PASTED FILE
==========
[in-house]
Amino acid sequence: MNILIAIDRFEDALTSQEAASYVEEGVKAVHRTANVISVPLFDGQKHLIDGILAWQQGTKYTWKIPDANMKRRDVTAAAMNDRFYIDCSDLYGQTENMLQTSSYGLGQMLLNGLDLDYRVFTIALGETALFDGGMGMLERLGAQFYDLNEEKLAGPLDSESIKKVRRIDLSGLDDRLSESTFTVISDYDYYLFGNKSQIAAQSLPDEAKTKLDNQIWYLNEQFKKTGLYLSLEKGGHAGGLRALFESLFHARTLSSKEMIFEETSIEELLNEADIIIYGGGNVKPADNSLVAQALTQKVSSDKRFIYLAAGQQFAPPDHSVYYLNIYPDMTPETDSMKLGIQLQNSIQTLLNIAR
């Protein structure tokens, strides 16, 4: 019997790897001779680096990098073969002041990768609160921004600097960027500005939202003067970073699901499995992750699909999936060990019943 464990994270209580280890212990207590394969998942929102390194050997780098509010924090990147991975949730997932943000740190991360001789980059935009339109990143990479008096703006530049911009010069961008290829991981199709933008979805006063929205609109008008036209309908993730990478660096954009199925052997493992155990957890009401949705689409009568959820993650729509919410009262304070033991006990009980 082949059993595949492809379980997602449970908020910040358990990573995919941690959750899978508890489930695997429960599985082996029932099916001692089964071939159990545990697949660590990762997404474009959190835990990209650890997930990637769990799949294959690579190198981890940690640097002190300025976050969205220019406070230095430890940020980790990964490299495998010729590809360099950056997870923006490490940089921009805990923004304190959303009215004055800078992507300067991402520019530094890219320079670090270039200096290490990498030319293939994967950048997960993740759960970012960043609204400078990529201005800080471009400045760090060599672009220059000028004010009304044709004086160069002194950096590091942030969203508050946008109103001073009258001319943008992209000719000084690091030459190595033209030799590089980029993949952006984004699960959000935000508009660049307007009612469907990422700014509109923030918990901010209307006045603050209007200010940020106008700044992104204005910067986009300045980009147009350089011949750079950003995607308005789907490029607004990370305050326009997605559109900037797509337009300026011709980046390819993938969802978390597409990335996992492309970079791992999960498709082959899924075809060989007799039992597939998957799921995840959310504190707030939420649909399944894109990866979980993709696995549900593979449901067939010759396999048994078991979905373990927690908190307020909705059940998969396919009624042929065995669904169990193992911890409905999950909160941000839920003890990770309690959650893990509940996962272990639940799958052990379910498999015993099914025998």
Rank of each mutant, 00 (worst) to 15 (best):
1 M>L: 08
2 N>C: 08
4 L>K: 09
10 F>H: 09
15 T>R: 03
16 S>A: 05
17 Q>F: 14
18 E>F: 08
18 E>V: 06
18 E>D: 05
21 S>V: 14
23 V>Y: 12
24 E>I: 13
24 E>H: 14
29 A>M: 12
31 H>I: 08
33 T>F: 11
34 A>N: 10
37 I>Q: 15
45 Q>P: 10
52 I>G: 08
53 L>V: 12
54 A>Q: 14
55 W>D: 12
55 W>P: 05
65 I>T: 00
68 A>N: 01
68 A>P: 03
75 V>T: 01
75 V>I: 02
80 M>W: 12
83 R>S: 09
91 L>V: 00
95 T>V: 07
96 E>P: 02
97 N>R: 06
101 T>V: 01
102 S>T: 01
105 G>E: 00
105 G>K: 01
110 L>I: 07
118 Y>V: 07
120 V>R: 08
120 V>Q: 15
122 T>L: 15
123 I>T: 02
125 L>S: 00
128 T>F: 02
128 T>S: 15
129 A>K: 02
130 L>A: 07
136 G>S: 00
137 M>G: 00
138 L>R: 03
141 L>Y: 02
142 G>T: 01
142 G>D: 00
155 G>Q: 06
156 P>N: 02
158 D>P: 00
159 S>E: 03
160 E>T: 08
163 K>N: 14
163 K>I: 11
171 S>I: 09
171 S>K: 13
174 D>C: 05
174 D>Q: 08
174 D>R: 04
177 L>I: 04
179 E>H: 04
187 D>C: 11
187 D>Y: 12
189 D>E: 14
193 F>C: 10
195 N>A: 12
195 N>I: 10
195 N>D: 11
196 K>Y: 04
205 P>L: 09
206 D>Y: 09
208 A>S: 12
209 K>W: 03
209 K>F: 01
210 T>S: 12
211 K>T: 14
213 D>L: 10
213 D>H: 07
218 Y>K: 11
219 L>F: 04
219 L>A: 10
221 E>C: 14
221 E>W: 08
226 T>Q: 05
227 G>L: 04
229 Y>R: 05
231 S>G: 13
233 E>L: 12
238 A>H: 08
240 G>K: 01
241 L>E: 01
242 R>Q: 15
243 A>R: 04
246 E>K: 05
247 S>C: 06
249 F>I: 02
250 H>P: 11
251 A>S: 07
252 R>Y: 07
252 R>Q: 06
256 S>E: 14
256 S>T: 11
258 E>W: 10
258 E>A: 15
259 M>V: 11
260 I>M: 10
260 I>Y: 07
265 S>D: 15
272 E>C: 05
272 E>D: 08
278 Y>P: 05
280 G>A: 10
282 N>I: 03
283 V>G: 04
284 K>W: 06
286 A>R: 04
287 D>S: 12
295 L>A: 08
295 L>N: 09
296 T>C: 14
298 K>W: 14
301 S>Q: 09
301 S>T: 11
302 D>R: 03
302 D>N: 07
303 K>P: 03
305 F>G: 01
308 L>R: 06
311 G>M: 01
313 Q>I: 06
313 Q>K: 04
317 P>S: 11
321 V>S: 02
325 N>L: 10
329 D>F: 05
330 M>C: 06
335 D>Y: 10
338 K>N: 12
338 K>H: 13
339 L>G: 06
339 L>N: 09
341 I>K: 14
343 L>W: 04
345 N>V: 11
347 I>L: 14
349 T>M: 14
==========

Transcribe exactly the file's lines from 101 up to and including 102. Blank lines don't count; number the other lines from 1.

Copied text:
231 S>G: 13
233 E>L: 12